The liver metabolizes hormones and other substances using two primary phases known as the Phase 1 and Phase 2 pathways.
During Phase 1, some hormones or substances are metabolized directly, but often they are converted into intermediate forms, which are then further metabolized in Phase 2. Phase 1 pathway is the main metabolic pathway for the estrogen hormones.
Cumulatively, these two phases of biological transformation are how the liver provides the body with nutrients and supports the excretion of excess or toxic substances in the urine, liver bile, perspiration and exhaled air. The pathways depend on a large number of nutrients, including enzymes and amino acids, and their availability (or lack thereof) seems to have a significant influence on the metabolic outcome.
In premenopausal women, the ovaries produce estrogen, primarily estradiol, most of which the body converts to estrone, and eventually estriol. The liver then metabolizes the remaining estradiol and converted estrone, breaking it down further, and excreting the excess from the body. Some researchers now believe that the liver's ability to metabolize estrone is the key to understanding estrogen-related cancer risk. During Phase 1 metabolism, estrone is converted into various metabolites (2-hydroxyestone, a very weak estrogen, and 16-alpha-hyroxyestrone, a very potent estrogen). If the conversion process favors the stronger form(s) rather than the weaker form(s) of estrogen metabolites, then tissue that has an abundance of estrogen receptors, such as the breasts and uterus, may be more vulnerable to excessive estrogen activity, potentially leading to the formation of fibroids or the stimulation of estrogen-sensitive cancers.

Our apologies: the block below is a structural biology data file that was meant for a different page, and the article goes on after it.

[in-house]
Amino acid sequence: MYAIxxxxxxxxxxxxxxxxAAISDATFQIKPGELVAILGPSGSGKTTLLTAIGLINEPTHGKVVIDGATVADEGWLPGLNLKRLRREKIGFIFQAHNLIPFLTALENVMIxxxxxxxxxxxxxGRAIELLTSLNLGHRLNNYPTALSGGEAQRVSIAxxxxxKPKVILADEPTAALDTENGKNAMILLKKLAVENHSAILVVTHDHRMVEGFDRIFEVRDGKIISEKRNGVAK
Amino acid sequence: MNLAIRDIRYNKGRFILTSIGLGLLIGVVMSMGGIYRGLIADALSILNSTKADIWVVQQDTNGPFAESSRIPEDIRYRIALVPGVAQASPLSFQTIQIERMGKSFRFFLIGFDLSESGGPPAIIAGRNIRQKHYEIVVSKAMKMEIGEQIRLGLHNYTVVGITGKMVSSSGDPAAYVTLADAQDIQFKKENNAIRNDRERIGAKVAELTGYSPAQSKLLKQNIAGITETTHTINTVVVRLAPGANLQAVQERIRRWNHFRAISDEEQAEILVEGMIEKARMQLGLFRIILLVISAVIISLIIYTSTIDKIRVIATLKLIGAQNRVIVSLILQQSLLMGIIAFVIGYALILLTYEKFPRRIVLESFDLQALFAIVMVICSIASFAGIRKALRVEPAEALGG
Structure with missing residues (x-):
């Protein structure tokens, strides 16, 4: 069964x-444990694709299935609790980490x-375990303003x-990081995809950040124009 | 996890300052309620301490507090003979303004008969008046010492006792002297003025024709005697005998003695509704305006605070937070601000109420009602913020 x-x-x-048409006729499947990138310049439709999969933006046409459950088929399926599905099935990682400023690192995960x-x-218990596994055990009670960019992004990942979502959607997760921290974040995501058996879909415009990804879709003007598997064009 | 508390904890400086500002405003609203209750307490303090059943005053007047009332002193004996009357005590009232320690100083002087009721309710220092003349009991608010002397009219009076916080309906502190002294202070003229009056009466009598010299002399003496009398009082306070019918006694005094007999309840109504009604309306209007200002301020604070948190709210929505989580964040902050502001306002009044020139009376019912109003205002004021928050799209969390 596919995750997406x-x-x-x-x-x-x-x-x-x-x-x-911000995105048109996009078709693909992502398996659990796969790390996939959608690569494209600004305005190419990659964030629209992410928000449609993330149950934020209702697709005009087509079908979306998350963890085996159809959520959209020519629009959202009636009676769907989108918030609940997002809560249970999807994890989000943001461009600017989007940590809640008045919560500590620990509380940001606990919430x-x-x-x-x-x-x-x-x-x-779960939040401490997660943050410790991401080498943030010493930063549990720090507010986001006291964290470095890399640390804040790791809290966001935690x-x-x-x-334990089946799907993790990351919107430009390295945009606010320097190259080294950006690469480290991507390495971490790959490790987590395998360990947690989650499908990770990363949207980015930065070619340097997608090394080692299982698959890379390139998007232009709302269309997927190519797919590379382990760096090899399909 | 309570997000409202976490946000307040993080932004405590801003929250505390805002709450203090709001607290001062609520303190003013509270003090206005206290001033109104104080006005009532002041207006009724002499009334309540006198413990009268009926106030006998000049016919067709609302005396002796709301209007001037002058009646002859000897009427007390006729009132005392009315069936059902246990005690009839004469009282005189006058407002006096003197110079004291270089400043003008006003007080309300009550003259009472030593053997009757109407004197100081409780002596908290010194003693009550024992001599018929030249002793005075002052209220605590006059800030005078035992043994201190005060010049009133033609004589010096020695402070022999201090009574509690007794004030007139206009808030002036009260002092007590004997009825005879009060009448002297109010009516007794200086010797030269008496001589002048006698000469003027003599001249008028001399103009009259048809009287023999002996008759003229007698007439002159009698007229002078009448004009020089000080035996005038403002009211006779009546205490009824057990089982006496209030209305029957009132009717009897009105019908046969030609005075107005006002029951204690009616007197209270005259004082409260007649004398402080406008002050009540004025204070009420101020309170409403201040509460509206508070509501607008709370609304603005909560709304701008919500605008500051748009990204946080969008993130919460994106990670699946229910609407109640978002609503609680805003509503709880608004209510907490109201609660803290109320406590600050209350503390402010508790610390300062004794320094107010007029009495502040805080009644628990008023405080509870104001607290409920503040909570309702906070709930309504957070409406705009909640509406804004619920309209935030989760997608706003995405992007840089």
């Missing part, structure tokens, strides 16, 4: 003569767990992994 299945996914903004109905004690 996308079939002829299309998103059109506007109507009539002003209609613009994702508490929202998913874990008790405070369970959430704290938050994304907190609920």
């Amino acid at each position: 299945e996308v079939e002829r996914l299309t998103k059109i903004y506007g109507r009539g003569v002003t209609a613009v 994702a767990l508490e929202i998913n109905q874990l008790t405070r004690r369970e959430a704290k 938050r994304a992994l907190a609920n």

Phase 1 processing can be affected by many factors, including extreme overload, the effects of alcohol or drugs, a lack of nutrients, or interference from other substances. For example, grapefruit juice can slow down the enzymes in Phase 1, potentially altering hormone balance. And, many prescription drugs are metabolized in Phase 1, which can also interfere with the liver's ability to handle the estrogen hormones.
Each reaction in the Phase 1 pathway produces an intermediate form called a free radical. These can be very damaging to body tissues if they are not quickly neutralized by antioxidants. The intermediate forms produced in Phase 1 are in a highly reactive state until they are fully converted in Phase 2.
During Phase 2, a process known as conjugation begins, in which nutrients (amino acids) are combined with hormones and other substances, to convert them to water-soluble compounds that can be excreted efficiently in the urine or stool.